- Programme: Masters in Finance part time
- Nationality: Chinese
- Job Pre-programme: Vice President, JP Morgan
- Job Post-programme: Vice President, JP Morgan
“The classes combined theory – how things work – and practice – how things work in the market right now”
“I have three wishes that I hope come true for you all,” said David Kabiller, co-founder and head of business development at AQR to graduating London Business School (LBS) students at 2017 Congregation. “Be curious, take risks and be grateful.”
Lily Chan, Vice President at JP Morgan, was moved by Kabiller’s honorary fellowship acceptance speech at her graduation, a milestone moment in her life. “It was emotional, I hadn’t realised up until that point how much I’d achieved.”
Kabiller’s first point, curiosity, brought Lily to London in 2012. “Having grown up and studied in Hong Kong most of my life, I hoped to broaden my horizons by working abroad, so I seized the opportunity when it came up,” she says. After studying politics and law at the University of Hong Kong, Lily joined global law firm Linklaters in Hong Kong as a trainee solicitor. Then, she took up an offer to relocate and qualify in the City, specialising in derivatives and structured products.
In 2014, still in London, she landed a role with JP Morgan and her career shifted from law to finance. “I joined the bank’s front office,” she says. “I became curious about the economics of deals as I was closer to the business. I wanted to learn more and take my career to the next level so I thought, ‘It’s time to expand my knowledge.’”
In between taking the position at the bank and joining LBS, Lily completed level one and two of the CFA qualification and subsequently level three, while at LBS. “I wanted to do multiple things,” she says. “I heard about the LBS Masters in Finance (MiF), but I also wanted to take the English law qualification and CFA.” Lily managed to do it all.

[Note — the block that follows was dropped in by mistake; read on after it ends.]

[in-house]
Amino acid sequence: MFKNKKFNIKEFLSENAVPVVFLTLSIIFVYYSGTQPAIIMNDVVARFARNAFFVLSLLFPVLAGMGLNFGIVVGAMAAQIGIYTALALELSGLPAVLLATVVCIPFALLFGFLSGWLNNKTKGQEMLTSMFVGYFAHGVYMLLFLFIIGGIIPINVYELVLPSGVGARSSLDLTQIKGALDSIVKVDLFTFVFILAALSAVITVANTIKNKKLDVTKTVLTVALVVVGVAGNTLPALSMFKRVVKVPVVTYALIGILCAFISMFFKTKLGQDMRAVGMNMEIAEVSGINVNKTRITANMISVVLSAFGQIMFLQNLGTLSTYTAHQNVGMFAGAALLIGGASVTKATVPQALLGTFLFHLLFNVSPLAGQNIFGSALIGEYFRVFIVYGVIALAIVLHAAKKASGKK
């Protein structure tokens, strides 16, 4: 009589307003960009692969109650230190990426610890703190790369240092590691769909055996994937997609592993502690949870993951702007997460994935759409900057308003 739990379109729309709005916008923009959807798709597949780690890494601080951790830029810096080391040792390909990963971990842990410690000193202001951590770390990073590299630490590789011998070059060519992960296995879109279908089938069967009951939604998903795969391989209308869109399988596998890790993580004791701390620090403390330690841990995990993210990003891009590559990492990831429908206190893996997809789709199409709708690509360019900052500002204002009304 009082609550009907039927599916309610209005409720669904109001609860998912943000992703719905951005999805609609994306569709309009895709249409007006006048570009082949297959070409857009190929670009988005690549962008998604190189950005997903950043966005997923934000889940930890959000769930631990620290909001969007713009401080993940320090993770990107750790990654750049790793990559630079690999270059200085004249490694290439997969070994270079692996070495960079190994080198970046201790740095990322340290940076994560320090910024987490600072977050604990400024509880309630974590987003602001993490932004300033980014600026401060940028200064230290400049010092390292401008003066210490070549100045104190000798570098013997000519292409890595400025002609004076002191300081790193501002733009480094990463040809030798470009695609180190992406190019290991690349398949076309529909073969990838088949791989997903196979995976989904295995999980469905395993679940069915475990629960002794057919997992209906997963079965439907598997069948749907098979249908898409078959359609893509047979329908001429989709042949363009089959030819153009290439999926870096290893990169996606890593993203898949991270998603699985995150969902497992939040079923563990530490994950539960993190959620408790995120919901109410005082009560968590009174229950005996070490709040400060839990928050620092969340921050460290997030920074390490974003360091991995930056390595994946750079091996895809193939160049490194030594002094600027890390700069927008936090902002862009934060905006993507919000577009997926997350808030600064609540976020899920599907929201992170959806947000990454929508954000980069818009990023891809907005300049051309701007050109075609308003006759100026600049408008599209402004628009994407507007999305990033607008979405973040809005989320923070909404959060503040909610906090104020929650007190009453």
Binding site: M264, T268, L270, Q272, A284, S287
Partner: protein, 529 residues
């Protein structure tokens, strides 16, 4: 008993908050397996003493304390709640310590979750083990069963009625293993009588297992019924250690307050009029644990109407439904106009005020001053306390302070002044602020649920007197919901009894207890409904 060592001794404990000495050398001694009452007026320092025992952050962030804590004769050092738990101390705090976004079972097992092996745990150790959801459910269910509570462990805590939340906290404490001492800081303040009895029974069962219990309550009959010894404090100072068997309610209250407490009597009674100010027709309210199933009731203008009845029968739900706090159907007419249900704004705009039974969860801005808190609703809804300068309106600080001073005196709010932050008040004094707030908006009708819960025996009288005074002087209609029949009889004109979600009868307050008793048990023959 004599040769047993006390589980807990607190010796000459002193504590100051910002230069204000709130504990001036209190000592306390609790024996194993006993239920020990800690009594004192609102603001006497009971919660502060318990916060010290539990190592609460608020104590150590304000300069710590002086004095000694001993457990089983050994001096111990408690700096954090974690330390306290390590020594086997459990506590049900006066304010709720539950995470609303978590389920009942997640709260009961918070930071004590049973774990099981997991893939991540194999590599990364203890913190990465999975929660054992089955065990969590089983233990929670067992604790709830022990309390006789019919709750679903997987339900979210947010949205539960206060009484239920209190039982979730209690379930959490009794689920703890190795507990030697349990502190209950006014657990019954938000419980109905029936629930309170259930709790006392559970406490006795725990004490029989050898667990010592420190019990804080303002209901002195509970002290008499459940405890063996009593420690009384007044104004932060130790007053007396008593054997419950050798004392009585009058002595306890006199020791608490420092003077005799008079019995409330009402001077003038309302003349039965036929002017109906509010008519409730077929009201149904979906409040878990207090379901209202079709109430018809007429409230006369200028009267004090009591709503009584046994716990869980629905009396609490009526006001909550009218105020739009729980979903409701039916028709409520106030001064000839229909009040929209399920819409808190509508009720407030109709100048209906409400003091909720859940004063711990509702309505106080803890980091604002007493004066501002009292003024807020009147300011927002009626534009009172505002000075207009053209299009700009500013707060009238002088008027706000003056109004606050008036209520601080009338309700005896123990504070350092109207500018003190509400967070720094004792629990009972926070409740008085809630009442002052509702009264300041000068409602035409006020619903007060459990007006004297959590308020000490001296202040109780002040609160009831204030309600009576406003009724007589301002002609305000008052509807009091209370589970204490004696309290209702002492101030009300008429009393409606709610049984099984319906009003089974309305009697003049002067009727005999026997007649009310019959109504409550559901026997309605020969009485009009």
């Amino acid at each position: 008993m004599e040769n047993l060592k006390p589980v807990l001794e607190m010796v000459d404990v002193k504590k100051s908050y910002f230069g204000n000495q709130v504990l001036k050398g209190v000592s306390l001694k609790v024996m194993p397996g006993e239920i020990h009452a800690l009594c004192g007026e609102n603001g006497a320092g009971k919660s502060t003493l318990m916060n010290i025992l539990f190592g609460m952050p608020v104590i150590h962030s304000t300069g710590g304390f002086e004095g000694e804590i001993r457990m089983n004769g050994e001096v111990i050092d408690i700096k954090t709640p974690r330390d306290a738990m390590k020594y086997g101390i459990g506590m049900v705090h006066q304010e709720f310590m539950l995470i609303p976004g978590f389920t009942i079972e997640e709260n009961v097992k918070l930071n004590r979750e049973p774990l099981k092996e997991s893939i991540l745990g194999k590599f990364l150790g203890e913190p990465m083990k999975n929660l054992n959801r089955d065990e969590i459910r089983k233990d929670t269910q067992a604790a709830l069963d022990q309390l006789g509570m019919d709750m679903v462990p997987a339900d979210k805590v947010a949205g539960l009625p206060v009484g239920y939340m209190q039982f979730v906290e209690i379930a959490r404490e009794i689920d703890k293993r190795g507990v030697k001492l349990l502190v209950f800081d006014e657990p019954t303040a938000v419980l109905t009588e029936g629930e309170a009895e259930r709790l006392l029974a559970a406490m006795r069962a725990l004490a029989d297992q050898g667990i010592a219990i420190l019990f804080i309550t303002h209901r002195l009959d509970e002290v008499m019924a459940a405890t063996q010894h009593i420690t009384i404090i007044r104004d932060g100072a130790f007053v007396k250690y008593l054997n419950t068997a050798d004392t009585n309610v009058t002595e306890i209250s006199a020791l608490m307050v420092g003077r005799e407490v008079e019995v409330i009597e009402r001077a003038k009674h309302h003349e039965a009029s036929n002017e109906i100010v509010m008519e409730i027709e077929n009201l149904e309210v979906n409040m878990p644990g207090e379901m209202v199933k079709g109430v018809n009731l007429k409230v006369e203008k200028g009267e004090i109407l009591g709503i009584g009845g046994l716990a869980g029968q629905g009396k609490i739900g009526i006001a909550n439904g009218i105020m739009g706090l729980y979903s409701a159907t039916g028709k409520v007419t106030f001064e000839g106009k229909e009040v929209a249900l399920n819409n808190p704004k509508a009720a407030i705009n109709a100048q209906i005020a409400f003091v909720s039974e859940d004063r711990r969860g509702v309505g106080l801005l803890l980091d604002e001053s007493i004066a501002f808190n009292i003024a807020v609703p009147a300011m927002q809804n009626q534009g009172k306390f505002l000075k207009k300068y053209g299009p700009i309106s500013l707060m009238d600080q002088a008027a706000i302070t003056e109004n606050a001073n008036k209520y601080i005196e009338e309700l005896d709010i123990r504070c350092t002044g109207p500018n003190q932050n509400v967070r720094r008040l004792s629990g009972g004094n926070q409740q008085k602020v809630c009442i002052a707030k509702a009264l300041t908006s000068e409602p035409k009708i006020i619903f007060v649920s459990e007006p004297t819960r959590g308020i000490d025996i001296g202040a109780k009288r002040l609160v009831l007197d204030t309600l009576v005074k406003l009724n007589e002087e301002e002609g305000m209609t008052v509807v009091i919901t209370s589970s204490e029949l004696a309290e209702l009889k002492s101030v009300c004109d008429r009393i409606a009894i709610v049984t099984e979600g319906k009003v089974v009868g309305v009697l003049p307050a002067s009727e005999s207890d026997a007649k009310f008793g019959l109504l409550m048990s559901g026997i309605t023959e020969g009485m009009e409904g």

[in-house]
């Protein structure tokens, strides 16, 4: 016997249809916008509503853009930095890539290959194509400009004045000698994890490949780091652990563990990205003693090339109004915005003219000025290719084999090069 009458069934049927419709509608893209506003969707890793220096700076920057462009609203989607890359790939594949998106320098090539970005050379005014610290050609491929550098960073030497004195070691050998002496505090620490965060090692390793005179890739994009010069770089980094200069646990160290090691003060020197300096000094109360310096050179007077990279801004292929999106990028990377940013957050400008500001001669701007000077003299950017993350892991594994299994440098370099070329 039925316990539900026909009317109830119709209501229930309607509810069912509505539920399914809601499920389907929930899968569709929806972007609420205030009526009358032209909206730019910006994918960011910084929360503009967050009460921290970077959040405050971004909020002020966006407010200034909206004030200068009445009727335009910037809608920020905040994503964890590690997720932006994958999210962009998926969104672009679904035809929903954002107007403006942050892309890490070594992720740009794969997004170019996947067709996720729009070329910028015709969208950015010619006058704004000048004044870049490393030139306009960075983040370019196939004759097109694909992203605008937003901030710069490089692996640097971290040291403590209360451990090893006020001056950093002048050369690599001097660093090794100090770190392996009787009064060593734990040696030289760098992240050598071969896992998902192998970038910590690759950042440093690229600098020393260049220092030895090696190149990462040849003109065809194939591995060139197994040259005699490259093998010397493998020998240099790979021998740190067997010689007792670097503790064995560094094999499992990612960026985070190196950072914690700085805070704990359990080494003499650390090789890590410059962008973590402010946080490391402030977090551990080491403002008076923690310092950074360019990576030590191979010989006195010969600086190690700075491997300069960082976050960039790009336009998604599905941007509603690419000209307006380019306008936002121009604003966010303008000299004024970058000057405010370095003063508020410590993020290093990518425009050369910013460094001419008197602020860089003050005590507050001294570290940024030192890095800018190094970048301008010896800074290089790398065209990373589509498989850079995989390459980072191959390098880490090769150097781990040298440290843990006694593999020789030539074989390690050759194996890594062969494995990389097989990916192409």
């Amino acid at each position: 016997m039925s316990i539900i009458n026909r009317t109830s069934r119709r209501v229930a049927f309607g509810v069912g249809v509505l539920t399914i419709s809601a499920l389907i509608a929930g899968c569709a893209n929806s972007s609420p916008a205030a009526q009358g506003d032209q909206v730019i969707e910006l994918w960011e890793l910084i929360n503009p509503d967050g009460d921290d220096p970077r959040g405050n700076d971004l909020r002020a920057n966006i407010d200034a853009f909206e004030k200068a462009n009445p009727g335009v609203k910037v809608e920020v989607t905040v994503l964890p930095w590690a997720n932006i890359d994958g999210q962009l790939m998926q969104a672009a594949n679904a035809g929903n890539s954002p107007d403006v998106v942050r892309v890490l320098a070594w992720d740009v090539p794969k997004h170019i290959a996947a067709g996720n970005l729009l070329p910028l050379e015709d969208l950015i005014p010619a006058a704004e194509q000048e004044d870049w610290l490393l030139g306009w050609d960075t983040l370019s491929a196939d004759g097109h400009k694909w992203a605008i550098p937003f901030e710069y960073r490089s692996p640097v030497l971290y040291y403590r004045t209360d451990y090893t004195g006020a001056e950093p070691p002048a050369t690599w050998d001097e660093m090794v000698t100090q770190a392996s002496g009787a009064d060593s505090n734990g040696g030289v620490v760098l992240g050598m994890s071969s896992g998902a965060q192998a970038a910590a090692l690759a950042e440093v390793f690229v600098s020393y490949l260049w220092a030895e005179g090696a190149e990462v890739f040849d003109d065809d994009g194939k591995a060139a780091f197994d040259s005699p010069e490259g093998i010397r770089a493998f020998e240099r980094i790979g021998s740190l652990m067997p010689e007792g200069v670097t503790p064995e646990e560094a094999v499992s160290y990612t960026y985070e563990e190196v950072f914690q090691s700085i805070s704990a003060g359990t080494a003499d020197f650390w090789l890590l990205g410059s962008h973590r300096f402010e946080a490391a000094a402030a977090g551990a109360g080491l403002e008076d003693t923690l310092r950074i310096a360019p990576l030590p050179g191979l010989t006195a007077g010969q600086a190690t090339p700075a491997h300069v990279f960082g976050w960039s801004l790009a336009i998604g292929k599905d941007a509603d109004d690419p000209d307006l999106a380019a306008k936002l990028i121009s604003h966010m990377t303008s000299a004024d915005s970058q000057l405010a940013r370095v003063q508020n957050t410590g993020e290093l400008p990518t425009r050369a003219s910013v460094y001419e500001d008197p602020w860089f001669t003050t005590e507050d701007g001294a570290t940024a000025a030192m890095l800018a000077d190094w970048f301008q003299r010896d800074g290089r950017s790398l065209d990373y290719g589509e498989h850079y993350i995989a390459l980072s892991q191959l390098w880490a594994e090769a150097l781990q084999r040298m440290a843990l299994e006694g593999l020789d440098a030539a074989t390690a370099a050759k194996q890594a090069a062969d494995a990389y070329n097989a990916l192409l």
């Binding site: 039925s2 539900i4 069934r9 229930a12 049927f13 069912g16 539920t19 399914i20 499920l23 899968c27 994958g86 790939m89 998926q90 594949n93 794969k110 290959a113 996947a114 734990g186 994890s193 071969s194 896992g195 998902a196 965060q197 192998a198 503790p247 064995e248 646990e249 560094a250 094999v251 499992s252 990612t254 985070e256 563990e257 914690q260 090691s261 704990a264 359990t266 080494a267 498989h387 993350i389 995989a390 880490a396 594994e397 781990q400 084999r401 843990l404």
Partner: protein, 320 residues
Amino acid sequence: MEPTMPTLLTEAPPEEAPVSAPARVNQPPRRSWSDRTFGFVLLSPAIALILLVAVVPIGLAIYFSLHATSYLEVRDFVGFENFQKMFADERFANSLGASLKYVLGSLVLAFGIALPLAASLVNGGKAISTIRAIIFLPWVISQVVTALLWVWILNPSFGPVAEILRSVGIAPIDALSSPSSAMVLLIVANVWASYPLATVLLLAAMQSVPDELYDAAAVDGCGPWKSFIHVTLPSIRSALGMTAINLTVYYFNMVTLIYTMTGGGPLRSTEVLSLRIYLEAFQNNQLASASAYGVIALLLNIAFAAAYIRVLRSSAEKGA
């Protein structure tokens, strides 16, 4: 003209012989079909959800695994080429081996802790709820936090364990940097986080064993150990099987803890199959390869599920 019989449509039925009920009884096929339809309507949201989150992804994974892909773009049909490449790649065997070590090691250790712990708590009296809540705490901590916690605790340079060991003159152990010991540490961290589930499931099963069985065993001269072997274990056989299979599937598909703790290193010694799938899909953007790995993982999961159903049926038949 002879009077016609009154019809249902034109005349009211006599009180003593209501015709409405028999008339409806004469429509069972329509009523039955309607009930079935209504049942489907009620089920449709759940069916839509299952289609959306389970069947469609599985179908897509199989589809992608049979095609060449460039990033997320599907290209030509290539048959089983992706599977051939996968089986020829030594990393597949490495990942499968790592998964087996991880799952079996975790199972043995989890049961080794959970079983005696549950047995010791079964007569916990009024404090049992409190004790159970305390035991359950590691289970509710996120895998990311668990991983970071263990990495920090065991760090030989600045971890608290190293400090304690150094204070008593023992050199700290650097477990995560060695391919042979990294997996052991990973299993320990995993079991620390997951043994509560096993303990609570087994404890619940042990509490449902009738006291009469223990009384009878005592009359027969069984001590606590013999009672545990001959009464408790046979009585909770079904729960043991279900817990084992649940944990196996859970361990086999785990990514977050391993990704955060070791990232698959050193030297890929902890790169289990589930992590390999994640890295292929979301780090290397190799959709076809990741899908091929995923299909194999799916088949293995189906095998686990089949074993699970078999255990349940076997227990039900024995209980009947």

Kabiller’s second point, risk-taking, is what finance is all about, says Lily. “With risk comes rewards – this is true in finance and I believe in life, too.”
Bolstered by her complementary CFA knowledge, Lily developed the quiet confidence that she could handle the MiF curriculum. “Level one [of the CFA] gave me a broad overview of finance. Level two offered an in-depth dive into specific areas. Level three brought the whole curriculum together,” she says.
So Lily joined LBS in 2015 with a solid foundation in finance, ready to add “more meat” to her growing knowledge. Why choose the part-time MiF? She says: “The classes combined theory – how things work – and practice – how things work in the market right now.
“Everyone is a working professional. This brings a different dimension to classroom discussions as you exchange on current practice.”
The average level of experience in the classroom was also an advantage, she explains. “As skilled professionals, we benefited from the way we approached problems and the work we produced.”
Lily also wanted to build an international network. “My classmates had different career paths and came from all over the world. I drew knowledge from each of them on a personal and professional level – I also made great friends.”
As well as learning from others, Lily found out more about herself by trying out new skills for size in a “safe place”. “I discovered different cultures and adopted new approaches to interacting with people based on their backgrounds and personalities,” she says.
The final point Kabiller made was to be thankful and “take stock of how far you’ve come”. Lily says: “This reminded me about being grateful for the great opportunity I’ve had at LBS as well as embracing all that’s yet to come.”
So, what’s next? Armed with confidence and an international network, Lily hopes to return to Asia in the near future and is getting set for her next challenge.